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Hamlet And King Lear Shakespeare has many overlapping themes that seem to correlate throughout his different works of literature. However, there are many themes that conflict as well. King Lear and Hamlet are two works of literature that can be both compared and contrasted. Hamlet and Lear seem to be complete opposites on the surface. Hamlet is a young prince who is lost in a world of confusion and deception. His father is brutally murdered by his uncle and he then must face him as his new father-in-law when he marries his mother. Lear is an elderly man who is past his prime and is trying to raise his daughters in a world of vanity and live with the Renaissances preoccupation with appearances.

As conflicting as these two characters seem they also have to deal with many of the same pressures and they surprisingly handle certain situations similarly. One such circumstance is that they are both forced the verge of madness. But this isnt the only thing that is coincidental between the two characters situation. They both have methods to their madness. Hamlet goes through many trials and tribulations throughout this play.

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He must live though his fathers untimely death, his uncles hasty marry to his mother, Ophelias refusal to see him or except his love letters, and the conspiracies that he sees planned against him. This alone is enough for any reader to understand why he has gone mad and to sympathize with. But Hamlet is stronger than he lets on to anybody. He is only pretending to be as mad as he is so that people will not become suspicious when he snoops around the house and acts irrationally toward his mother and step-father. His madness becomes the obsession of the house and King Claudius actually brings his old friends, Rosencranz and Guildenstern, to the house to find out what is causing him to loose his sanity. He asks them, “Something have you heard/of Hamlets transformation?” Everybody ends up with his or her own personal explanation to why Hamlet has gone mad.

Queen Gertrude feels that it is simply his fathers death and her marriage that has caused him to cross the line between sanity and insanity. Polonius believes that it was his refusal to let Hamlet see his daughter, Ophelia, that has made him mad. Ophelia can not find a reason for his madness, and feels it is the pressure of society and his new family that has changed him so dramatically. Whatever the reason, most of Hamlets friends and family were set on the fact that Hamlet was no longer in his right mind. However, Hamlet used this tactic of pretending to be out of his wits to fool his enemies into underestimating his plans of revenge until the moment of attack, and then, of course, it would be too late. King Lear also was accused of going mad.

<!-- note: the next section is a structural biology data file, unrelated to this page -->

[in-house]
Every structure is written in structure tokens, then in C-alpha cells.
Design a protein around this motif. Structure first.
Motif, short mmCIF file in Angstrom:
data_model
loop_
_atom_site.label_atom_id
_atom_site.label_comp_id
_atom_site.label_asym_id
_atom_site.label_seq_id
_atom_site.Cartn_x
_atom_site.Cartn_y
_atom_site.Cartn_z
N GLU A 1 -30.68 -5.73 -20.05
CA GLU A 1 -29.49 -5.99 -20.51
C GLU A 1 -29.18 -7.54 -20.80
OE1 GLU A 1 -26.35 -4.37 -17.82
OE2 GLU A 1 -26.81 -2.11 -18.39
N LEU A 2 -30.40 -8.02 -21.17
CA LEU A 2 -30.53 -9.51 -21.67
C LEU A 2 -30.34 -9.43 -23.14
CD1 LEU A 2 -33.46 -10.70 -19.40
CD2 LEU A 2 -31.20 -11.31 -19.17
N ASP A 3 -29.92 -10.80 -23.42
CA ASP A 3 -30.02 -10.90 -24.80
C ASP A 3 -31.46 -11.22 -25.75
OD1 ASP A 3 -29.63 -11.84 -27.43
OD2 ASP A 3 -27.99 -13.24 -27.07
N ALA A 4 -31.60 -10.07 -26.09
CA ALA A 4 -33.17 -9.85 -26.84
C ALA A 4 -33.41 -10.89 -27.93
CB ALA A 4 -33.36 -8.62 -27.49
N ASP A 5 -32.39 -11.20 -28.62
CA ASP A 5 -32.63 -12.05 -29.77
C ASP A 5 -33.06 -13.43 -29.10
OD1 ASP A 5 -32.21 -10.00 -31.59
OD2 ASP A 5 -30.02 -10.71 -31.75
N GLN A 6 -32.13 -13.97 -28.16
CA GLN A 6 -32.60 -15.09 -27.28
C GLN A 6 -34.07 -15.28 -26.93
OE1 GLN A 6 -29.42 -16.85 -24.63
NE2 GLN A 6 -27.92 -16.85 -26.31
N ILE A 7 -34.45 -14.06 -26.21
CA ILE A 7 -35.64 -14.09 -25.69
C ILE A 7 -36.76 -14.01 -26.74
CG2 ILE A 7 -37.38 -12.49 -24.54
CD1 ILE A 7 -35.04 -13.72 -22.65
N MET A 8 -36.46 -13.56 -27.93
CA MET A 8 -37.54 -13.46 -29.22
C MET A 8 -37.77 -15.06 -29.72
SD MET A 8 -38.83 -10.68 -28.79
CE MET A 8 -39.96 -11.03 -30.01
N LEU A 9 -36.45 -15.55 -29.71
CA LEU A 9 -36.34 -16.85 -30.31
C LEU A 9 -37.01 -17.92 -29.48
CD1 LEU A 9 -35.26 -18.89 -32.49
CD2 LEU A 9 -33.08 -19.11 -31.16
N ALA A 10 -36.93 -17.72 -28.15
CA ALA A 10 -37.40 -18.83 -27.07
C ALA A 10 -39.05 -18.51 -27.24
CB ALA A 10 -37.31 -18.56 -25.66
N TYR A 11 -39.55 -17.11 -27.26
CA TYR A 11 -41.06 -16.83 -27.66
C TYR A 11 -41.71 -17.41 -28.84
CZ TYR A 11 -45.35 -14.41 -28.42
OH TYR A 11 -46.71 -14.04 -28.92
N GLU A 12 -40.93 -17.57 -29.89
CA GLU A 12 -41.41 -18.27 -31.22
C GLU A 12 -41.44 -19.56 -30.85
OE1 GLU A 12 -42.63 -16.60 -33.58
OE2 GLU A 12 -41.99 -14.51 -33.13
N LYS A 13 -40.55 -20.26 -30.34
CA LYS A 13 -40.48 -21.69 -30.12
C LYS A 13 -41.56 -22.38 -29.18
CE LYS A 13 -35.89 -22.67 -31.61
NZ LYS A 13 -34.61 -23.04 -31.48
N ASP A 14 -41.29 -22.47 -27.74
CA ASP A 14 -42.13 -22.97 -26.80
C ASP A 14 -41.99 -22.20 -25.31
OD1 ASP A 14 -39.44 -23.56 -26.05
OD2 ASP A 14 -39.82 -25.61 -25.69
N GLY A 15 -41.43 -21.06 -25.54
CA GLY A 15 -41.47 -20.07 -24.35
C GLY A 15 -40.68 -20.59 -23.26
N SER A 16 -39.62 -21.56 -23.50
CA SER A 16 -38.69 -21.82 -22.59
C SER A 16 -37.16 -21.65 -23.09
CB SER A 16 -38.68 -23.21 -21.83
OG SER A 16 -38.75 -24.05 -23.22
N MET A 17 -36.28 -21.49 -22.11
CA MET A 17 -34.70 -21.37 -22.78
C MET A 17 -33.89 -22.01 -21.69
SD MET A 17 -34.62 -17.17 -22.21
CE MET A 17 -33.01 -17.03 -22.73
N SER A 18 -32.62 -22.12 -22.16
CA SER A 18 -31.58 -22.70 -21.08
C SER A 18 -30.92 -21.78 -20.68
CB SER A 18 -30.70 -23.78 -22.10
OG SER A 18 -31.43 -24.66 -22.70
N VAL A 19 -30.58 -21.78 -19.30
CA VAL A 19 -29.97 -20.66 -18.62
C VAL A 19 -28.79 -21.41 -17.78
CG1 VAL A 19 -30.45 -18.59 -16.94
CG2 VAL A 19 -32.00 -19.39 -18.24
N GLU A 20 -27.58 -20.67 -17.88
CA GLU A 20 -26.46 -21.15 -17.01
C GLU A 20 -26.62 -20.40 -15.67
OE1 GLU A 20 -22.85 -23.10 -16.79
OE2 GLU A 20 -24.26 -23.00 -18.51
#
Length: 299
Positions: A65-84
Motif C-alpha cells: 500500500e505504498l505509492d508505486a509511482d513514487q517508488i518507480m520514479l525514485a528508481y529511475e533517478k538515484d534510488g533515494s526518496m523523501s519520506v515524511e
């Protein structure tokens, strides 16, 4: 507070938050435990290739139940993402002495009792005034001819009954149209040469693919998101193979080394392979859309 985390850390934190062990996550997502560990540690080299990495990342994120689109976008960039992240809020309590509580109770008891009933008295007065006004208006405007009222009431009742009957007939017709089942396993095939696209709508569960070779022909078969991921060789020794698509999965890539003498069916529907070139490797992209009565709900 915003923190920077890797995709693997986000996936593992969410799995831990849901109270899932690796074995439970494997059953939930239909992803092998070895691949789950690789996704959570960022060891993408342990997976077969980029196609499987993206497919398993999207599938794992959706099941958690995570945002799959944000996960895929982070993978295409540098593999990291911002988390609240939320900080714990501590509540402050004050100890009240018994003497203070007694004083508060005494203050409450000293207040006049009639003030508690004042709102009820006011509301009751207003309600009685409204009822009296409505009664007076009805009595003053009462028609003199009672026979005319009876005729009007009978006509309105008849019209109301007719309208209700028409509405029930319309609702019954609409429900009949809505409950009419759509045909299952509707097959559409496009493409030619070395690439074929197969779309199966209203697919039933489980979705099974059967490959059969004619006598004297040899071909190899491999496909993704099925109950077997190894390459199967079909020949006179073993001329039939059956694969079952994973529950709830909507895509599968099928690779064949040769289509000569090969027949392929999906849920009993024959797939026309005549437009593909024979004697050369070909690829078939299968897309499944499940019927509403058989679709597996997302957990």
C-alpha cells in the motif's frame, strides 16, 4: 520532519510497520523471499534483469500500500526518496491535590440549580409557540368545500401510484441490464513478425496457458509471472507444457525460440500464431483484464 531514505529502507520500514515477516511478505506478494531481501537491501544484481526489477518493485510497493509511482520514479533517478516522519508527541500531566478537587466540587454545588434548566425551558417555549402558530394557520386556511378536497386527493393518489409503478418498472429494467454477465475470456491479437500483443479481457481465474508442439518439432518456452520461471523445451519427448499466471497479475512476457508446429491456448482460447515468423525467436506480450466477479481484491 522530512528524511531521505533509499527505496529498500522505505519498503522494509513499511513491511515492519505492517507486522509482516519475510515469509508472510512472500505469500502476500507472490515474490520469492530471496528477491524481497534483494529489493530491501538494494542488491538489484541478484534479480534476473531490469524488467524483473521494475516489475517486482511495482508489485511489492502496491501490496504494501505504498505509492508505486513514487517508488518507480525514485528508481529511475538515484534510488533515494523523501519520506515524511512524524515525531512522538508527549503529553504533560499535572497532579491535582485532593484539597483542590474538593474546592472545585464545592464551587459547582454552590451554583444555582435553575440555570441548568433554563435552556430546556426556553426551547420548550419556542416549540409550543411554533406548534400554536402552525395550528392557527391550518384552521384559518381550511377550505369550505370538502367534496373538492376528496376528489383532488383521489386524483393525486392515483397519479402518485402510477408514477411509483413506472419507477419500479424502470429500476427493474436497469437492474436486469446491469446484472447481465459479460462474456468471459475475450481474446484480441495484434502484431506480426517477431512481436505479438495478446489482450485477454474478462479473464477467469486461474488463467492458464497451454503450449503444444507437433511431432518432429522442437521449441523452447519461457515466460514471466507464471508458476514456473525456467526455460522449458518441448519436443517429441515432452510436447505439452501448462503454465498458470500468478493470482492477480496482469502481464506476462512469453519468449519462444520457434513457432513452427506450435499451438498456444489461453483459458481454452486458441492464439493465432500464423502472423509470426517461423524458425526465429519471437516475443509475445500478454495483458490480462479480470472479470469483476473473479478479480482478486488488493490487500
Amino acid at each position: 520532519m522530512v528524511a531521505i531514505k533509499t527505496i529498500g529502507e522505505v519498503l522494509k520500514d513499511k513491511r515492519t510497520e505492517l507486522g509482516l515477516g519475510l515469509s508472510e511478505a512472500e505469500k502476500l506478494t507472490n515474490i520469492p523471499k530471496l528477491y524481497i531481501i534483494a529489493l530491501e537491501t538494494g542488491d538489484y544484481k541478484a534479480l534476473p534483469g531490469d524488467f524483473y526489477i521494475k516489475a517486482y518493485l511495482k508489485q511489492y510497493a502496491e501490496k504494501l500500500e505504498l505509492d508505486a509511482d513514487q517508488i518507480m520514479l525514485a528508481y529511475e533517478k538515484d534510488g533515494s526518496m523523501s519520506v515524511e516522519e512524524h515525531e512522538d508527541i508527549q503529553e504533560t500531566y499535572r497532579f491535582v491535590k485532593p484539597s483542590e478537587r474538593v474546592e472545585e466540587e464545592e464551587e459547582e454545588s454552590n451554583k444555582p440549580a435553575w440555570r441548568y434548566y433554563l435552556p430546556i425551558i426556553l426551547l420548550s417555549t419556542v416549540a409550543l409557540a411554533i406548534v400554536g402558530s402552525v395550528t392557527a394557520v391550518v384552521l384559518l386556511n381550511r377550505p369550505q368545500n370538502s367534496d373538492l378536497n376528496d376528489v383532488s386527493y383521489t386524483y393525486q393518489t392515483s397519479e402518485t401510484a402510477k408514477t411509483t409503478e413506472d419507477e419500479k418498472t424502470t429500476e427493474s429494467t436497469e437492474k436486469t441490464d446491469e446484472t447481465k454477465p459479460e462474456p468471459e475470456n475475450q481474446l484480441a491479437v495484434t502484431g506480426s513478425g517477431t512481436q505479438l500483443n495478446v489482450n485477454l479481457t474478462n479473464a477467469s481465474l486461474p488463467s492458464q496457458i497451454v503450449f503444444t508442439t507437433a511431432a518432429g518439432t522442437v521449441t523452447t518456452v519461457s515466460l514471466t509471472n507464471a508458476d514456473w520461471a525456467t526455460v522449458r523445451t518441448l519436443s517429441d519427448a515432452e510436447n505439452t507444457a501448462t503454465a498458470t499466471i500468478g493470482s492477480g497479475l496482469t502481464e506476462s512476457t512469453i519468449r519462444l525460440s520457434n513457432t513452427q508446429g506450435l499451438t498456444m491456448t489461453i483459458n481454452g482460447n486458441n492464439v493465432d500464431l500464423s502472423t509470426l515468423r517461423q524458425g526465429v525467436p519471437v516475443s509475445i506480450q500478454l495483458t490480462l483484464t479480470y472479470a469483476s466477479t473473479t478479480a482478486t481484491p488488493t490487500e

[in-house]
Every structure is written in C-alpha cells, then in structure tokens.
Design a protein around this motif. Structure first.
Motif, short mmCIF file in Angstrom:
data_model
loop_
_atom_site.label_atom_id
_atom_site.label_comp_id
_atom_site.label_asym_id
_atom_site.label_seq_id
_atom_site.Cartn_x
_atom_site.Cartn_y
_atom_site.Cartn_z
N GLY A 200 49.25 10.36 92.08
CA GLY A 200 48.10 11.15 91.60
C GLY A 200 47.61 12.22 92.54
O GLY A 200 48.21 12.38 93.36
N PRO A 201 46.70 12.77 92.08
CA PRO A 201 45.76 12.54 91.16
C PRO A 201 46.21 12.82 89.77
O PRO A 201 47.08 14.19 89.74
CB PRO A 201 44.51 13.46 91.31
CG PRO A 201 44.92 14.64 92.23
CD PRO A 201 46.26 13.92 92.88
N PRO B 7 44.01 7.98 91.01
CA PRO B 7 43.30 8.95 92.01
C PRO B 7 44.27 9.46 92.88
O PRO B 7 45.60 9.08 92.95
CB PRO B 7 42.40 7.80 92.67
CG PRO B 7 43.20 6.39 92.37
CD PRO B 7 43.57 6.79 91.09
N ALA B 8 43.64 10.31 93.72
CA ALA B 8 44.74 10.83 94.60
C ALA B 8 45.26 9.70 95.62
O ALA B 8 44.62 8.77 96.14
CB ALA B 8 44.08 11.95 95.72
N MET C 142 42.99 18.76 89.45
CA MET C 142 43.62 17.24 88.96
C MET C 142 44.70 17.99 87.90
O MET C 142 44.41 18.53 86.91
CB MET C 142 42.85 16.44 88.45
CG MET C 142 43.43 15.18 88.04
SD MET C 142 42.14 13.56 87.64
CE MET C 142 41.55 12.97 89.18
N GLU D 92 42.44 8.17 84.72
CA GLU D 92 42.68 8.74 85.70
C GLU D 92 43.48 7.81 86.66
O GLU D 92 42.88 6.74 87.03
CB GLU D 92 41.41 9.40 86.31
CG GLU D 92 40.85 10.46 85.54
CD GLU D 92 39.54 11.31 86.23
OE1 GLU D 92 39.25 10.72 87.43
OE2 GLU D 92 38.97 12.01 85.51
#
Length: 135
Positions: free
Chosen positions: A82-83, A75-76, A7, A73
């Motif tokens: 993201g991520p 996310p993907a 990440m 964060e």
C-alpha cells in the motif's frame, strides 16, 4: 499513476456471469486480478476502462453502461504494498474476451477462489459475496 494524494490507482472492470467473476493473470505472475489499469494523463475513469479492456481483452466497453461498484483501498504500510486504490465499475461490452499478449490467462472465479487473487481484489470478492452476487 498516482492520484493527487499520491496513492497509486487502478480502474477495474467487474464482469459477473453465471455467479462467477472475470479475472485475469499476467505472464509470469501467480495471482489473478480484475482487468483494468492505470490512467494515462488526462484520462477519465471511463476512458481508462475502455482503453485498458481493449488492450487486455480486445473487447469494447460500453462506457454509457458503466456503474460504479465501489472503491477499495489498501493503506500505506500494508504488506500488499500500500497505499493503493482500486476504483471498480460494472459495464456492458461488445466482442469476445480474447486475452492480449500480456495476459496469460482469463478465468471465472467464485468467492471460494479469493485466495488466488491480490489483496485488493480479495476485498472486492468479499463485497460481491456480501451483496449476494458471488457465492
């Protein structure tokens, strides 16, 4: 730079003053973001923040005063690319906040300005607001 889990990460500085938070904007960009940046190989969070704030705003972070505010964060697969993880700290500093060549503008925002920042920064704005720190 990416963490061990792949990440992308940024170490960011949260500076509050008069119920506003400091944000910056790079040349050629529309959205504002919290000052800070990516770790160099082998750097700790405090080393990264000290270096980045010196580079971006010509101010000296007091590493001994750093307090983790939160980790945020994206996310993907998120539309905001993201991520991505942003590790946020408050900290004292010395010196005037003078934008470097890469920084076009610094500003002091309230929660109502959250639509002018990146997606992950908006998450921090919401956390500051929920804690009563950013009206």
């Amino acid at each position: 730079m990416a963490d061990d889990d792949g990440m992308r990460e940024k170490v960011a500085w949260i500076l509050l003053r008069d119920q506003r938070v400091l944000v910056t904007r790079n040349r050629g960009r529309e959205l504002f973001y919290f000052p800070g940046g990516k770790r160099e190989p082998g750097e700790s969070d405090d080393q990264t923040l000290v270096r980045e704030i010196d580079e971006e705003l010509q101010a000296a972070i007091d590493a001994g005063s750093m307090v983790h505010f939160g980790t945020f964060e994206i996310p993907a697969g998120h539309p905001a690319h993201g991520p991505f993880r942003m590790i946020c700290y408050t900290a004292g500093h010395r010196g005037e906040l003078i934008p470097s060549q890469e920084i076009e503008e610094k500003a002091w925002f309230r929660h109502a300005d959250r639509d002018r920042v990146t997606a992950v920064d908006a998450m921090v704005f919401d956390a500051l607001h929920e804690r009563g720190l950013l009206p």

He divided his kingdom into three parts so that each one of his daughters could share in his wealth. He had each daughter battle against each other to see who could flatter him the most. Goneril and Reagan both fought ruthlessly to attain the better division of land. When his youngest daughter (who was also his favorite) told him that she loved him like a daughter should love a father and that one day she would have a husband that she would also love, he became frenetic. He disowned her from the family, leaving the property to his other two daughters.

Lear is shunned by his two daughters later on in the play, and is kicked out onto the streets where he becomes delirious. Although this display of daft behavior is more genuine than Hamlets, I believe that Lear ranted and raved because he was used to getting attention. Social status was very crucial in the renaissance era. Many people would judge a person by how many followers and possessions they held. Now that Lear was on his own and not surrounded by his followers he felt that he was worth nothing if he had nothing. For the first time in his life, he had to face his true self worth.

I think this frightened him more so than anything else did. So instead of facing this awakening thought he began to act mad, so that he would not have to face the inevitable truth. I do not believe that this alone was the cause of his deliriousness, or that he was faking his madness. But I believe that this pushed him to the edge, and that he easily accepted this behavior instead of dealing with his fate. Hamlet and Lear handle this situation similarly because they both use a method of madness to escape the disaster unfolding around them.

Another similarity between the two plays is the loyalty that is felt toward a parent from a child. Hamlet decides he will do whatever it takes to revenge his fathers death, even if means putting his own life on the line. Hamlet states his dedication to his father and his revenge by stating “Suit the action to the word/and the word to the action.” It became his obsession. To find a punishment that would fit the crime. In King Lear, Cordelia tries to be a truthful daughter and answers her fathers question with brevity and frankness.

Instead of enjoying the refreshing truth for once, the king banishes her from his property. Later on, Cordelia reenters the play and attempts to save her father and win him back his throne. When the French army is defeated her and her father are captured and brought to prison. In the chamber she tells her father that she does not hold a grudge against him and is happy that he has come back into her life. Although they are both killed shortly after, it is presented to the audience that Cordelia was the only daughter to remain loyal to her father. It is important to realize that both plots revolve around the idea that these two characters remain loyal under all circumstances throughout the plays.